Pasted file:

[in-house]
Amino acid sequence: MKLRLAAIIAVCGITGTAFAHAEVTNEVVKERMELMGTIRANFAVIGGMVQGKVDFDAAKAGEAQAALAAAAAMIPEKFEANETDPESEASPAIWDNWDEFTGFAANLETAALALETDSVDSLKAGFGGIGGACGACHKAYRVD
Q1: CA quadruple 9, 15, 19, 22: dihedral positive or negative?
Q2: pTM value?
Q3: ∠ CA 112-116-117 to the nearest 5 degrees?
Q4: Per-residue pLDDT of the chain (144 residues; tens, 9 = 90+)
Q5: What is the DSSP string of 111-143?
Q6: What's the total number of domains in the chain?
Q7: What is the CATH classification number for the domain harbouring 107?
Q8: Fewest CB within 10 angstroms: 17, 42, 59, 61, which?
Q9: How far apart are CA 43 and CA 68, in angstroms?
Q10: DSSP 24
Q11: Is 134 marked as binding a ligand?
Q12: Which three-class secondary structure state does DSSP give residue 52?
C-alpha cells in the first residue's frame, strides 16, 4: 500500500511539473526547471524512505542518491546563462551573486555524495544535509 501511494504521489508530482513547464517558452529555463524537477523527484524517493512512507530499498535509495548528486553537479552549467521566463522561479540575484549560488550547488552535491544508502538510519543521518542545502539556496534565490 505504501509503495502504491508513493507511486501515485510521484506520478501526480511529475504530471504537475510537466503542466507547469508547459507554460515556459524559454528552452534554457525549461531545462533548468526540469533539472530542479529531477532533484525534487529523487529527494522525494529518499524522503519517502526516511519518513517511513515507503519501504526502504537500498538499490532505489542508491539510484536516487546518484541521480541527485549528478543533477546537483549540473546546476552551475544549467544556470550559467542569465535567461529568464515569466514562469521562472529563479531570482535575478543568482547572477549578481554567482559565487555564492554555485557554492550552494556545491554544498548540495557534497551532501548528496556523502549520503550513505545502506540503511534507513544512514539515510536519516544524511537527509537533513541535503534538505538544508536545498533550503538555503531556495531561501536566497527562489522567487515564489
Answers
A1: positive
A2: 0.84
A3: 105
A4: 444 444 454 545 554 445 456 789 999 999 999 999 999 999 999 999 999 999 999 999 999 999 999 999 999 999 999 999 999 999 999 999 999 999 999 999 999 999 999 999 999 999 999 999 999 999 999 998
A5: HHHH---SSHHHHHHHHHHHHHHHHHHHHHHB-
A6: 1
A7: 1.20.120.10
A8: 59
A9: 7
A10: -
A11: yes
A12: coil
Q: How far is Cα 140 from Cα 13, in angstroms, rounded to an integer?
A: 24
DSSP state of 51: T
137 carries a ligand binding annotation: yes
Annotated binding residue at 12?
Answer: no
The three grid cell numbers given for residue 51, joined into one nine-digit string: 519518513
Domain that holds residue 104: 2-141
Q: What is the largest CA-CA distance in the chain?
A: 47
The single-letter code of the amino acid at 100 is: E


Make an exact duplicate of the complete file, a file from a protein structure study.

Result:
[in-house]
Amino acid sequence: MKLRLAAIIAVCGITGTAFAHAEVTNEVVKERMELMGTIRANFAVIGGMVQGKVDFDAAKAGEAQAALAAAAAMIPEKFEANETDPESEASPAIWDNWDEFTGFAANLETAALALETDSVDSLKAGFGGIGGACGACHKAYRVD
Q1: CA quadruple 9, 15, 19, 22: dihedral positive or negative?
Q2: pTM value?
Q3: ∠ CA 112-116-117 to the nearest 5 degrees?
Q4: Per-residue pLDDT of the chain (144 residues; tens, 9 = 90+)
Q5: What is the DSSP string of 111-143?
Q6: What's the total number of domains in the chain?
Q7: What is the CATH classification number for the domain harbouring 107?
Q8: Fewest CB within 10 angstroms: 17, 42, 59, 61, which?
Q9: How far apart are CA 43 and CA 68, in angstroms?
Q10: DSSP 24
Q11: Is 134 marked as binding a ligand?
Q12: Which three-class secondary structure state does DSSP give residue 52?
C-alpha cells in the first residue's frame, strides 16, 4: 500500500511539473526547471524512505542518491546563462551573486555524495544535509 501511494504521489508530482513547464517558452529555463524537477523527484524517493512512507530499498535509495548528486553537479552549467521566463522561479540575484549560488550547488552535491544508502538510519543521518542545502539556496534565490 505504501509503495502504491508513493507511486501515485510521484506520478501526480511529475504530471504537475510537466503542466507547469508547459507554460515556459524559454528552452534554457525549461531545462533548468526540469533539472530542479529531477532533484525534487529523487529527494522525494529518499524522503519517502526516511519518513517511513515507503519501504526502504537500498538499490532505489542508491539510484536516487546518484541521480541527485549528478543533477546537483549540473546546476552551475544549467544556470550559467542569465535567461529568464515569466514562469521562472529563479531570482535575478543568482547572477549578481554567482559565487555564492554555485557554492550552494556545491554544498548540495557534497551532501548528496556523502549520503550513505545502506540503511534507513544512514539515510536519516544524511537527509537533513541535503534538505538544508536545498533550503538555503531556495531561501536566497527562489522567487515564489
Answers
A1: positive
A2: 0.84
A3: 105
A4: 444 444 454 545 554 445 456 789 999 999 999 999 999 999 999 999 999 999 999 999 999 999 999 999 999 999 999 999 999 999 999 999 999 999 999 999 999 999 999 999 999 999 999 999 999 999 999 998
A5: HHHH---SSHHHHHHHHHHHHHHHHHHHHHHB-
A6: 1
A7: 1.20.120.10
A8: 59
A9: 7
A10: -
A11: yes
A12: coil
Q: How far is Cα 140 from Cα 13, in angstroms, rounded to an integer?
A: 24
DSSP state of 51: T
137 carries a ligand binding annotation: yes
Annotated binding residue at 12?
Answer: no
The three grid cell numbers given for residue 51, joined into one nine-digit string: 519518513
Domain that holds residue 104: 2-141
Q: What is the largest CA-CA distance in the chain?
A: 47
The single-letter code of the amino acid at 100 is: E